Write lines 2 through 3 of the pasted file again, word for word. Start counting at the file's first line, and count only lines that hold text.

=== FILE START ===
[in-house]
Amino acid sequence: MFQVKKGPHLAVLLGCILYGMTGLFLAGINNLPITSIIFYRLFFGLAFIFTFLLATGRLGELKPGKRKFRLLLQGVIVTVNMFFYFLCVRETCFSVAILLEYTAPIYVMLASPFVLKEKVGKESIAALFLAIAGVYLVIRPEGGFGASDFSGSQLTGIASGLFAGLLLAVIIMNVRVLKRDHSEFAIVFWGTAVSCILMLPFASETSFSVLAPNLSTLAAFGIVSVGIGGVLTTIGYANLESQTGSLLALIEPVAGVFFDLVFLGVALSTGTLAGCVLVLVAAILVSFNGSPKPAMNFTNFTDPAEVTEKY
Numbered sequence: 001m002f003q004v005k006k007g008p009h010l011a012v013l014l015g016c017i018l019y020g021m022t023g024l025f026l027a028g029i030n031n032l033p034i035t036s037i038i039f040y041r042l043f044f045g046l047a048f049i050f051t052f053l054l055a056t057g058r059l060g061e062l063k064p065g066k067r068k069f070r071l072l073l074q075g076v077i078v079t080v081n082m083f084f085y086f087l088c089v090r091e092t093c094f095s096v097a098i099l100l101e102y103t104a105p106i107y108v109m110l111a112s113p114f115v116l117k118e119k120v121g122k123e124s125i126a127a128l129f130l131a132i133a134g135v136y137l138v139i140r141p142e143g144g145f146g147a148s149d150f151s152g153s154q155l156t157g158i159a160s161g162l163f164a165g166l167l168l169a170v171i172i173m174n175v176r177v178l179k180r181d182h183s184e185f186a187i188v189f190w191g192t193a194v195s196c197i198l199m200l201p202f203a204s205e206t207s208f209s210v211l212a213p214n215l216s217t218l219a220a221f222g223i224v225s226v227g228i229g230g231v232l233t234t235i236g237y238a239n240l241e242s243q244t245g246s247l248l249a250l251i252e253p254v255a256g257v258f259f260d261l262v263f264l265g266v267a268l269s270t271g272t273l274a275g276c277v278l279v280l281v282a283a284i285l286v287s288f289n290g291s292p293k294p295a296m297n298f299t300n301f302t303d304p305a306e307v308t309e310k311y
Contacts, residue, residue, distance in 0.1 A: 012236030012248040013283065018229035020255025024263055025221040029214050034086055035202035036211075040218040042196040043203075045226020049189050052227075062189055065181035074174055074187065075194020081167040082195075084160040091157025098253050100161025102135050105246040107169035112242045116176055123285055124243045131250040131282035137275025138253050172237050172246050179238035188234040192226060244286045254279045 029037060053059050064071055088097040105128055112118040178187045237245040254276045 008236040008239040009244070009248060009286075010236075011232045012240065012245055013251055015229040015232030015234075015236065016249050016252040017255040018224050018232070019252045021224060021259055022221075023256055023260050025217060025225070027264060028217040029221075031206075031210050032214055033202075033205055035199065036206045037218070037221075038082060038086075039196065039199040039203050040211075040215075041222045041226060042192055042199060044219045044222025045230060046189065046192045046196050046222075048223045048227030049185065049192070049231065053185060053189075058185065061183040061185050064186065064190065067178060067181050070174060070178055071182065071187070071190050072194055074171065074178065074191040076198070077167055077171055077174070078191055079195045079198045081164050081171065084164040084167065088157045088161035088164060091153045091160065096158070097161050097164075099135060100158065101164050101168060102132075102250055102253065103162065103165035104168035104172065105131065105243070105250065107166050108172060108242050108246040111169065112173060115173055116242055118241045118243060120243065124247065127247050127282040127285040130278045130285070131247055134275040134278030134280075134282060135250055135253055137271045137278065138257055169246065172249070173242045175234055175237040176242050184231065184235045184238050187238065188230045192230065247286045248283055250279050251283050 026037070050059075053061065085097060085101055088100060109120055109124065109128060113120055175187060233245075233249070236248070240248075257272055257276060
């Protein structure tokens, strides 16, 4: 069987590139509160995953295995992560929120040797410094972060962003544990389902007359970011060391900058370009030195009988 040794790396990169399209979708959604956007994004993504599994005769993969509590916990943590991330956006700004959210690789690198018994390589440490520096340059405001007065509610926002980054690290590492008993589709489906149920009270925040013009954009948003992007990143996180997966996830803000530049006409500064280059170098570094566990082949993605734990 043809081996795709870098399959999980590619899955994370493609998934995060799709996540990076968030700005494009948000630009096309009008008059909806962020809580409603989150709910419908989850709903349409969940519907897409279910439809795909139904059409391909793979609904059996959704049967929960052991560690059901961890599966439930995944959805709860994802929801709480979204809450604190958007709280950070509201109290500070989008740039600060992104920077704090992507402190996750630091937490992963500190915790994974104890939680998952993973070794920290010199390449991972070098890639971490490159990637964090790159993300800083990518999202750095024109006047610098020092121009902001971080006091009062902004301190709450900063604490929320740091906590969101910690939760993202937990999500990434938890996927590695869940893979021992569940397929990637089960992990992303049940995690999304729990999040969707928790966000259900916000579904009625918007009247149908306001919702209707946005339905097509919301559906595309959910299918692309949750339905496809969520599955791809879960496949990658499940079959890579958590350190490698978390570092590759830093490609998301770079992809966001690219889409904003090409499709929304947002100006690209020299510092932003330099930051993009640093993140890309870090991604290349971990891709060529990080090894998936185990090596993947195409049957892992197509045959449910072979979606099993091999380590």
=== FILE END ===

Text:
Amino acid sequence: MFQVKKGPHLAVLLGCILYGMTGLFLAGINNLPITSIIFYRLFFGLAFIFTFLLATGRLGELKPGKRKFRLLLQGVIVTVNMFFYFLCVRETCFSVAILLEYTAPIYVMLASPFVLKEKVGKESIAALFLAIAGVYLVIRPEGGFGASDFSGSQLTGIASGLFAGLLLAVIIMNVRVLKRDHSEFAIVFWGTAVSCILMLPFASETSFSVLAPNLSTLAAFGIVSVGIGGVLTTIGYANLESQTGSLLALIEPVAGVFFDLVFLGVALSTGTLAGCVLVLVAAILVSFNGSPKPAMNFTNFTDPAEVTEKY
Numbered sequence: 001m002f003q004v005k006k007g008p009h010l011a012v013l014l015g016c017i018l019y020g021m022t023g024l025f026l027a028g029i030n031n032l033p034i035t036s037i038i039f040y041r042l043f044f045g046l047a048f049i050f051t052f053l054l055a056t057g058r059l060g061e062l063k064p065g066k067r068k069f070r071l072l073l074q075g076v077i078v079t080v081n082m083f084f085y086f087l088c089v090r091e092t093c094f095s096v097a098i099l100l101e102y103t104a105p106i107y108v109m110l111a112s113p114f115v116l117k118e119k120v121g122k123e124s125i126a127a128l129f130l131a132i133a134g135v136y137l138v139i140r141p142e143g144g145f146g147a148s149d150f151s152g153s154q155l156t157g158i159a160s161g162l163f164a165g166l167l168l169a170v171i172i173m174n175v176r177v178l179k180r181d182h183s184e185f186a187i188v189f190w191g192t193a194v195s196c197i198l199m200l201p202f203a204s205e206t207s208f209s210v211l212a213p214n215l216s217t218l219a220a221f222g223i224v225s226v227g228i229g230g231v232l233t234t235i236g237y238a239n240l241e242s243q244t245g246s247l248l249a250l251i252e253p254v255a256g257v258f259f260d261l262v263f264l265g266v267a268l269s270t271g272t273l274a275g276c277v278l279v280l281v282a283a284i285l286v287s288f289n290g291s292p293k294p295a296m297n298f299t300n301f302t303d304p305a306e307v308t309e310k311y